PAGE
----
Late Night is a comedy-drama directed by Nisha Ganatra from a screenplay by Mindy Kaling. Amazon Studios bought the domestic distribution rights for a record $13 million. The plot follows the host of a late-night talk show who teams up with her new female staff writer in an attempt to save her position and her career. Late Night is definitely a feel-good movie that’s funny and heart felt, all while it’s also addressing diversity.
Legendary talk-show host Katherine Newbury (Emma Thompson) is a pioneer in her field. The only woman ever to have a long-running program on late night, she keeps her “all male” writers’ on a short leash, not even knowing their names. She is stern, unsympathetic, selfish and self centered, so after her ratings plummeted, rumors started swirling that Katherine is a “woman who hates women”. To make matters worse, Katherine also hears she is being replaced by a younger, hipper male host Daniel Tennant (Ike Barinholtz, so she demands that her team of writers make her funny and relevant again. Katherine’s right-hand-man Brad (Denis O’Hare), under pressure, impulsively hires Molly Patel, (Mindy Kaling) a chemical plant efficiency expert from suburban Pennsylvania, as the first and only female (who, by the way, has never written comedy), to join Katherine’s writing staff. As a lifelong fan, Molly is determined to prove she’s not just a diversity hire, but the one person who can turn her idol’s career around. Going against everything Katherine has staked her reputation on, she urges her to make the show more contemporary, authentic and personal, a move that could make Molly’s career ― or send her back to the chemical plant for good, as well as end Katherine’s career in the process.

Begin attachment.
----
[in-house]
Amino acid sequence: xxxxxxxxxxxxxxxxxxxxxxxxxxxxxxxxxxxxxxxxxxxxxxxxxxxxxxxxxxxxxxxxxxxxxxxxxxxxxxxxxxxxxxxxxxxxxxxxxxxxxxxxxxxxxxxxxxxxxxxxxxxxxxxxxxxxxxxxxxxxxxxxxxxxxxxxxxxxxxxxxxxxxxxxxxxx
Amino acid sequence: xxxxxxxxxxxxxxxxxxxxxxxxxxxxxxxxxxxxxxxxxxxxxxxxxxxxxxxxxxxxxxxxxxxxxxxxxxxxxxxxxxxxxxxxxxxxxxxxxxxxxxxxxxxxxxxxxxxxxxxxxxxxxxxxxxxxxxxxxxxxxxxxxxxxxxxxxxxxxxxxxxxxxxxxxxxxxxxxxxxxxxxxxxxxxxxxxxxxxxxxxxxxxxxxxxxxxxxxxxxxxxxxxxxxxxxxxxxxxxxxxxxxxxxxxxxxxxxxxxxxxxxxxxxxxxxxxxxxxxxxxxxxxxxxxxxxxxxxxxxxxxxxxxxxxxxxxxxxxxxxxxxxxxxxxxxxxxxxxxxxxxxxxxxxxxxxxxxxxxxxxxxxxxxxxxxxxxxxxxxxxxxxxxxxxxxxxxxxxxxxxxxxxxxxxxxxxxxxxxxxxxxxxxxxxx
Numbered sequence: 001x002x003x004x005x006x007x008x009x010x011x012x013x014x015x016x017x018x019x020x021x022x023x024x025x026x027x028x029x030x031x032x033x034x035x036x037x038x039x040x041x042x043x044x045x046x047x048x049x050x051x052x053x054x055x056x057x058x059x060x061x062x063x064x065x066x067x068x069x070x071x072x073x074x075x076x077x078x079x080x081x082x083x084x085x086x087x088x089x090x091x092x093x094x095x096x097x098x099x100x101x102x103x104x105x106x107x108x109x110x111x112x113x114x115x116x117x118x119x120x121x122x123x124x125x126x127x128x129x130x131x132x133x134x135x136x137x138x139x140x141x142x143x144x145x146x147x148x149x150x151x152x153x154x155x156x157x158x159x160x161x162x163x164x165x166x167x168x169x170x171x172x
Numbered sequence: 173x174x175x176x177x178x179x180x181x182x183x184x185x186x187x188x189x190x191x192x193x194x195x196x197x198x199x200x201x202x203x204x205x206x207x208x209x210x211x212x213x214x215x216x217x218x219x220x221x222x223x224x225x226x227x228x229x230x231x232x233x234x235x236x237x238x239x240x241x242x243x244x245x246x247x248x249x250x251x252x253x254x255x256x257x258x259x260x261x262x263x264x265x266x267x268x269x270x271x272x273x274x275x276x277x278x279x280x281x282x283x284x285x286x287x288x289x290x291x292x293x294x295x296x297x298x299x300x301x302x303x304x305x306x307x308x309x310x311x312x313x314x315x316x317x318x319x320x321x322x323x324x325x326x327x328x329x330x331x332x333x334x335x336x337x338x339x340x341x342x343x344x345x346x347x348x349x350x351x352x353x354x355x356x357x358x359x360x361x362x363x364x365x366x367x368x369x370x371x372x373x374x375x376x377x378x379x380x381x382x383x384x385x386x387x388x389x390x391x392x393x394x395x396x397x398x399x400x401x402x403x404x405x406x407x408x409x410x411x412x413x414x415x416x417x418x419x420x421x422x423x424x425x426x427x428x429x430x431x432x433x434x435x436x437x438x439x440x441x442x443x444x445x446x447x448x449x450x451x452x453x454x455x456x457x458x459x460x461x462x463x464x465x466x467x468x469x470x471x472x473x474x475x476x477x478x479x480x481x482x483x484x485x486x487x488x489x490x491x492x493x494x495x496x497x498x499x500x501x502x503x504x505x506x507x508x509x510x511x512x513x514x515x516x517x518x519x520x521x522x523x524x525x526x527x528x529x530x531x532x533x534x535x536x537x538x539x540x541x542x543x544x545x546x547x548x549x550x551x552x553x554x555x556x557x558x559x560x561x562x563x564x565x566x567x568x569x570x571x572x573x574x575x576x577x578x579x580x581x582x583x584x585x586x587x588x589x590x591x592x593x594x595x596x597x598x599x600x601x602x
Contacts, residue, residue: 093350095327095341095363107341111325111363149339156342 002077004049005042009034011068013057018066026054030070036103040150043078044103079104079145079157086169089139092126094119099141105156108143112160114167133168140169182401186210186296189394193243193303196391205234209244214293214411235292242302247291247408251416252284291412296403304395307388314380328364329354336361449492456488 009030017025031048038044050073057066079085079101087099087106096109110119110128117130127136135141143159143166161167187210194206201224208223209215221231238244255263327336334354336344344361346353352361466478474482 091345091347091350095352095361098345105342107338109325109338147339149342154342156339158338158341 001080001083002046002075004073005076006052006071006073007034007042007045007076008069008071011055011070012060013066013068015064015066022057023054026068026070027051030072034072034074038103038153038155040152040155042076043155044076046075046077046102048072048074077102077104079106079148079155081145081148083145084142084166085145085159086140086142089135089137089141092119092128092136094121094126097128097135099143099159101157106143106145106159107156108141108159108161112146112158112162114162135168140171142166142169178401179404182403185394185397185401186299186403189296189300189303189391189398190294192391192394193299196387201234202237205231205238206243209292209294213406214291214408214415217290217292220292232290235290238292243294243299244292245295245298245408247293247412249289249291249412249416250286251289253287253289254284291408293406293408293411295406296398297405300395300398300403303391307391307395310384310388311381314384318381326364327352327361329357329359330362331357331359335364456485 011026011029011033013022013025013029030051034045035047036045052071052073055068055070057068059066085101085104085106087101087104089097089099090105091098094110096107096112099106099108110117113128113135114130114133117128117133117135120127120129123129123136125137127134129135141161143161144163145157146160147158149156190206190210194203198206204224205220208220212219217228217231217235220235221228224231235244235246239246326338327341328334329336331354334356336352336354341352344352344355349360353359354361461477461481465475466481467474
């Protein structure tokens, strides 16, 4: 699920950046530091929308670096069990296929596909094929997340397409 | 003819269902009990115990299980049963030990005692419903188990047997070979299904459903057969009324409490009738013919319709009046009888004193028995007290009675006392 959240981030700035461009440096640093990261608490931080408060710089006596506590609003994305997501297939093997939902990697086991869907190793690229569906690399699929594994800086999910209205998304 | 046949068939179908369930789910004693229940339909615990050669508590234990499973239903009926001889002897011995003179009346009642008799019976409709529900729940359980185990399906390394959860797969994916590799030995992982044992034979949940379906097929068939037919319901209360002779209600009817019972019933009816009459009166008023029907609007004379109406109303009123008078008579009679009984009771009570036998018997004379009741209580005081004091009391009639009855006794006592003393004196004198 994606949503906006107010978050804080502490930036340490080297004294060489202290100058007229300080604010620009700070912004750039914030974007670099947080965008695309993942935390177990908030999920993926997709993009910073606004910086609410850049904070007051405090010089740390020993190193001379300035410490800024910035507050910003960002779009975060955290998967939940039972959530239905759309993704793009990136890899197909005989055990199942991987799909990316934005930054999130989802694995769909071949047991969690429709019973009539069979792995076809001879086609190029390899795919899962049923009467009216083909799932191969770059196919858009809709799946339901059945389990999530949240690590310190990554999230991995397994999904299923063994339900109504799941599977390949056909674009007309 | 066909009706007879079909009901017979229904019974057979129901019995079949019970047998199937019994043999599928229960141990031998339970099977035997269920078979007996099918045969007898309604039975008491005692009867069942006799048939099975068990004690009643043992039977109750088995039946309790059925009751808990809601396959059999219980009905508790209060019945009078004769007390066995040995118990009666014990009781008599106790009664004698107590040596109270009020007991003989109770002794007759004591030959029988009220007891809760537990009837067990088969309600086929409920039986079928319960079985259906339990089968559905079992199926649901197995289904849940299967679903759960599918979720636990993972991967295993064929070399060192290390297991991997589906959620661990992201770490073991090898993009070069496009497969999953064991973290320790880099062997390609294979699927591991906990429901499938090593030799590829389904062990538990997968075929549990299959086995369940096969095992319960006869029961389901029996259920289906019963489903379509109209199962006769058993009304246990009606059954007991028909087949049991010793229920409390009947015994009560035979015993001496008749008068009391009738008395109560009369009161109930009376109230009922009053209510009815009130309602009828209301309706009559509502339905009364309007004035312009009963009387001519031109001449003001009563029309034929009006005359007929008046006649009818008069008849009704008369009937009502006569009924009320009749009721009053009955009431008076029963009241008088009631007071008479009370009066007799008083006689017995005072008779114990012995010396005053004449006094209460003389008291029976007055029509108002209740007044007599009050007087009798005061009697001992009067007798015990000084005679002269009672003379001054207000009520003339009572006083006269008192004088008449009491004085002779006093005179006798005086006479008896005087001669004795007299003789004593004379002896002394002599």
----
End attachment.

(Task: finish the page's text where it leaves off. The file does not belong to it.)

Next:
Late Night is a charming, funny film that gives you a rest from all the current events of today. The cast is brilliant and the chemistry between Emma Thompson and Mindy Kaling gives you all kinds of “warm fuzzzys”. Emma brought reality to her character as she made a believer out of me. There’s a lot more to this story. I was thoroughly entertained as I laughed, clapped and backed some policies out loud. John Lithgow, who played Katherine’s husband Walter, was convincing as the understanding husband who is sick but still able to mingle. The film received positive reviews from critics, with praise for its social satire and commentary, as well as Thompson’s performance. I highly recommend Late Night to all. There’s a good messages in it for everyone. Check It Out!
Posted in CURRENT MOVIE REVIEWS
Tagged amy ryan, annaleigh Ashford, bill Maher, Billy kastner, Brad, burrito, Caroline Morton, Charlie fain, Daniel tennant, Denis O'Hare, emma thompson, Halston sage, hugh Dancy, ike barinholtz, Jake tapper, joan, John early, John litgow, Katherine Newbury, late night, magic dizzia, mancusco, Marc kudisch, max capella, megalyn echikunwoke, Mimi mismatch, mindy kaling, Molly patel, Mrs patel, paul walter hauser, Reid Scott, Reynolds, Robin, sakina Jaffrey, Seth Meyers, Tom Campbell, Walter Newbury, Zoe Martin
Dark Phoenix is a superhero film based on the Marvel Comics X-Men characters, produced by 20th Century Fox and distributed by Walt Disney Studios Motion Pictures. It is the twelfth installment in the X-Men film series, a direct sequel to X-Men: Apocalypse (2016) and the seventh and final installment in the main X-Men series. Dark Phoenix is written and directed by Simon Kinberg. In Dark Phoenix, the X-Men must face the full power of the Phoenix after a mission in space goes wrong. Being the last of the X-Men series, I wasn’t sure I wanted the experience to end. The “Dark Phoenix” film was decent but I think Kinberg has gotten a couple of things incorrect.